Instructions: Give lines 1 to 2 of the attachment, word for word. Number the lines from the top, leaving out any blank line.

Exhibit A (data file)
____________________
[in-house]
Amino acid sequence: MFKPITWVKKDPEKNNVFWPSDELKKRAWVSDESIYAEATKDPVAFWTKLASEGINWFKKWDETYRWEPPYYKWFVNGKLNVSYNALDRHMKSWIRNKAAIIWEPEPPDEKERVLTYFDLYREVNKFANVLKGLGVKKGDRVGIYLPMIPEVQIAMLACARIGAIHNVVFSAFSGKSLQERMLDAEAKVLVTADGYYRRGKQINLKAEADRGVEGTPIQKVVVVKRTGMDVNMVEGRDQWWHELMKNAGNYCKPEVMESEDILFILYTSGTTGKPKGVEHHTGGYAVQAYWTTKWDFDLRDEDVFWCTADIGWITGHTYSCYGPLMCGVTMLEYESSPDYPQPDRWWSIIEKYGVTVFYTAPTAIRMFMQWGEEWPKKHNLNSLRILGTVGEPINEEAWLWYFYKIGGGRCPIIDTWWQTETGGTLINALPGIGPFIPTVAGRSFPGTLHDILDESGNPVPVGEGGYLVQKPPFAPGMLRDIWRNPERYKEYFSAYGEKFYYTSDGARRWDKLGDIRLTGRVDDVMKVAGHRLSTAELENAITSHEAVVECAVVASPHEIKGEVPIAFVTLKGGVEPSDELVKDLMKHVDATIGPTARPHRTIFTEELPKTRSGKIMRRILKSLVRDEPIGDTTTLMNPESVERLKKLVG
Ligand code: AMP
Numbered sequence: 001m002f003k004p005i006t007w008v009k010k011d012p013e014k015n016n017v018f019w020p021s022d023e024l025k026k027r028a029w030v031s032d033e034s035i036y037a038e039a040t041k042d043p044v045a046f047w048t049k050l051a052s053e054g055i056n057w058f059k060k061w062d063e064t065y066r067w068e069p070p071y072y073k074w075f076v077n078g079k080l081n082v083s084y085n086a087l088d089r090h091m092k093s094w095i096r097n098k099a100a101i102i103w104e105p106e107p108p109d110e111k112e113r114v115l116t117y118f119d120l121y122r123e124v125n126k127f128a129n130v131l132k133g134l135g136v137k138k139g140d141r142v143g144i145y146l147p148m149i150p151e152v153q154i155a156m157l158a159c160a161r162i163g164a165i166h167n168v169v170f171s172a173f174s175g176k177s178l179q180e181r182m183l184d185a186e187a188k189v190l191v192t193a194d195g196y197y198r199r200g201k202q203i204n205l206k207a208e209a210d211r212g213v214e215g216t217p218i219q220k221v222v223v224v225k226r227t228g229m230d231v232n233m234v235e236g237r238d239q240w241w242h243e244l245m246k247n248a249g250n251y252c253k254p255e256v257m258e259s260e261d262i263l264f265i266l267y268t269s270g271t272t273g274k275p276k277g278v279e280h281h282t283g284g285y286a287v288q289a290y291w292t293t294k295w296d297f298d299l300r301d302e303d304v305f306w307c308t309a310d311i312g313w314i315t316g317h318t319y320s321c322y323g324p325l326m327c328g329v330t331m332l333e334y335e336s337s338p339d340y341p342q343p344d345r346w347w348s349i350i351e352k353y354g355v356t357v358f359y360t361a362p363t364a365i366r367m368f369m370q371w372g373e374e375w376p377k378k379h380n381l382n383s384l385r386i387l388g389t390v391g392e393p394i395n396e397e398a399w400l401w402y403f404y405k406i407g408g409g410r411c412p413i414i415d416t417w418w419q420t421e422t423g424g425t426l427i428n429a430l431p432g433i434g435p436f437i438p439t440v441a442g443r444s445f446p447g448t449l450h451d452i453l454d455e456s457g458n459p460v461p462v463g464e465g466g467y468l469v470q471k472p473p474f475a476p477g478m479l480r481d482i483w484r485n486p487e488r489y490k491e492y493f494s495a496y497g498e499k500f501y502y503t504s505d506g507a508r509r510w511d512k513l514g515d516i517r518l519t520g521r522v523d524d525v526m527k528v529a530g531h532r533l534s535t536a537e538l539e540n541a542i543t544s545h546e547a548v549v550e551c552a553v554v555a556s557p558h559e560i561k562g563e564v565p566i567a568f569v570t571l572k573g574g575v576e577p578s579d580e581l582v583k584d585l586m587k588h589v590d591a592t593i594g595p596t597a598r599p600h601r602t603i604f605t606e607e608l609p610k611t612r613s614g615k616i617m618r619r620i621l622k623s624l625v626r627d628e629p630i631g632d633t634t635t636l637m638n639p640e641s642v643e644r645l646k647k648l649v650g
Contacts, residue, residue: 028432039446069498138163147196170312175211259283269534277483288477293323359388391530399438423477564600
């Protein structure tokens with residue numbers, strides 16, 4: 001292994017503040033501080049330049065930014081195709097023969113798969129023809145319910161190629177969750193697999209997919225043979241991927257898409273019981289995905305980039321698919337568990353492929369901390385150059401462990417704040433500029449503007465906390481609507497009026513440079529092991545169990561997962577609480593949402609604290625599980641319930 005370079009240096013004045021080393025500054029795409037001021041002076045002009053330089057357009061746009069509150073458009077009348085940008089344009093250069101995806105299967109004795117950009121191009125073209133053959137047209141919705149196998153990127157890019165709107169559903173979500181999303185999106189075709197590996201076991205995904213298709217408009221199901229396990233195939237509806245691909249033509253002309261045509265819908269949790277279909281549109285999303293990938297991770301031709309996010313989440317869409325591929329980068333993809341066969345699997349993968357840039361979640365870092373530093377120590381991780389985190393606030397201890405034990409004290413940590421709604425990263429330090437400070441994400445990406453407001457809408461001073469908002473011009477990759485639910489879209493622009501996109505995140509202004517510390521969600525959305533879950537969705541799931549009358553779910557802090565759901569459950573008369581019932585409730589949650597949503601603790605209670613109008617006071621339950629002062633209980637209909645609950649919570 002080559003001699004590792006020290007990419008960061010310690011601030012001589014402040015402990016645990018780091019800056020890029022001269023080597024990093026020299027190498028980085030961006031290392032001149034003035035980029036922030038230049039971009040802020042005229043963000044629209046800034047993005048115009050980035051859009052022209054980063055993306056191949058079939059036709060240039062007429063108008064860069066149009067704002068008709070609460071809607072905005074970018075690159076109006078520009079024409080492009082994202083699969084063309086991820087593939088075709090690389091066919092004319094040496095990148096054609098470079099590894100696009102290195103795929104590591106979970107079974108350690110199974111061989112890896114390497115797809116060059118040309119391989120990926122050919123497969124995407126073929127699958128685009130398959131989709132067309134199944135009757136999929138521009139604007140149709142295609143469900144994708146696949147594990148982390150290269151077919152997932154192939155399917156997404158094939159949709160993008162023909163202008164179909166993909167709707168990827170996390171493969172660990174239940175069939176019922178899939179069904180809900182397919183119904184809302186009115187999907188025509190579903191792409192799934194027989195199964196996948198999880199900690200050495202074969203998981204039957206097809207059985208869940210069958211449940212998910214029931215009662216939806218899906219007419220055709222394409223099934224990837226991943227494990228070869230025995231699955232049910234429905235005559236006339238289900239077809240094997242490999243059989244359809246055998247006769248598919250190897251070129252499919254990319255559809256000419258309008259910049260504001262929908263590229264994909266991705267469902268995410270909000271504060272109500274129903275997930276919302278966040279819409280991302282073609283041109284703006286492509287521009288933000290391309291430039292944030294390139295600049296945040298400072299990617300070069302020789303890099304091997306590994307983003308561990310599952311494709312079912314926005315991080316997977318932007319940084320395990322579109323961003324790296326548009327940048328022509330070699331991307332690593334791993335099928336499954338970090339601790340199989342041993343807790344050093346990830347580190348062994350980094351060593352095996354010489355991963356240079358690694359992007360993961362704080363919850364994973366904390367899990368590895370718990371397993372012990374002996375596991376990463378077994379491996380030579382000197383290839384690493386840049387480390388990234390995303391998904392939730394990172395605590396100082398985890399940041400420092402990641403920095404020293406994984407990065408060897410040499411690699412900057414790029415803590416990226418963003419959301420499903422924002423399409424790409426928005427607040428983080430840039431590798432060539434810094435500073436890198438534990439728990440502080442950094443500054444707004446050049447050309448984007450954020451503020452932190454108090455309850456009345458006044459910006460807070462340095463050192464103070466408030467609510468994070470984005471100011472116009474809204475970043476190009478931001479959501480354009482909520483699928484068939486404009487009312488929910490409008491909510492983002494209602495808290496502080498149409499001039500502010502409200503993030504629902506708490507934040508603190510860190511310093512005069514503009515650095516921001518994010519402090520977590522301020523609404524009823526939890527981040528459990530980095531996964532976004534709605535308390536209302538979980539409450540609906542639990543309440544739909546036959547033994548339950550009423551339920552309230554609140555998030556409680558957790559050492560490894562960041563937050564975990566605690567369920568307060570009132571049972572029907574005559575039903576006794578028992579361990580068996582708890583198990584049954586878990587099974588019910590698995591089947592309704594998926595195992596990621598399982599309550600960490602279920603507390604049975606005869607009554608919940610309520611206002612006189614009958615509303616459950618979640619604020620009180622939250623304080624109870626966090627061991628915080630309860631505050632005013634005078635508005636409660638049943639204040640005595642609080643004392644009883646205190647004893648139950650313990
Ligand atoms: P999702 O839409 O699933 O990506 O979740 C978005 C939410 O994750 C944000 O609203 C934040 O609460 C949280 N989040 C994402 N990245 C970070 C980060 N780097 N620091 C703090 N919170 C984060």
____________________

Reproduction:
[in-house]
Amino acid sequence: MFKPITWVKKDPEKNNVFWPSDELKKRAWVSDESIYAEATKDPVAFWTKLASEGINWFKKWDETYRWEPPYYKWFVNGKLNVSYNALDRHMKSWIRNKAAIIWEPEPPDEKERVLTYFDLYREVNKFANVLKGLGVKKGDRVGIYLPMIPEVQIAMLACARIGAIHNVVFSAFSGKSLQERMLDAEAKVLVTADGYYRRGKQINLKAEADRGVEGTPIQKVVVVKRTGMDVNMVEGRDQWWHELMKNAGNYCKPEVMESEDILFILYTSGTTGKPKGVEHHTGGYAVQAYWTTKWDFDLRDEDVFWCTADIGWITGHTYSCYGPLMCGVTMLEYESSPDYPQPDRWWSIIEKYGVTVFYTAPTAIRMFMQWGEEWPKKHNLNSLRILGTVGEPINEEAWLWYFYKIGGGRCPIIDTWWQTETGGTLINALPGIGPFIPTVAGRSFPGTLHDILDESGNPVPVGEGGYLVQKPPFAPGMLRDIWRNPERYKEYFSAYGEKFYYTSDGARRWDKLGDIRLTGRVDDVMKVAGHRLSTAELENAITSHEAVVECAVVASPHEIKGEVPIAFVTLKGGVEPSDELVKDLMKHVDATIGPTARPHRTIFTEELPKTRSGKIMRRILKSLVRDEPIGDTTTLMNPESVERLKKLVG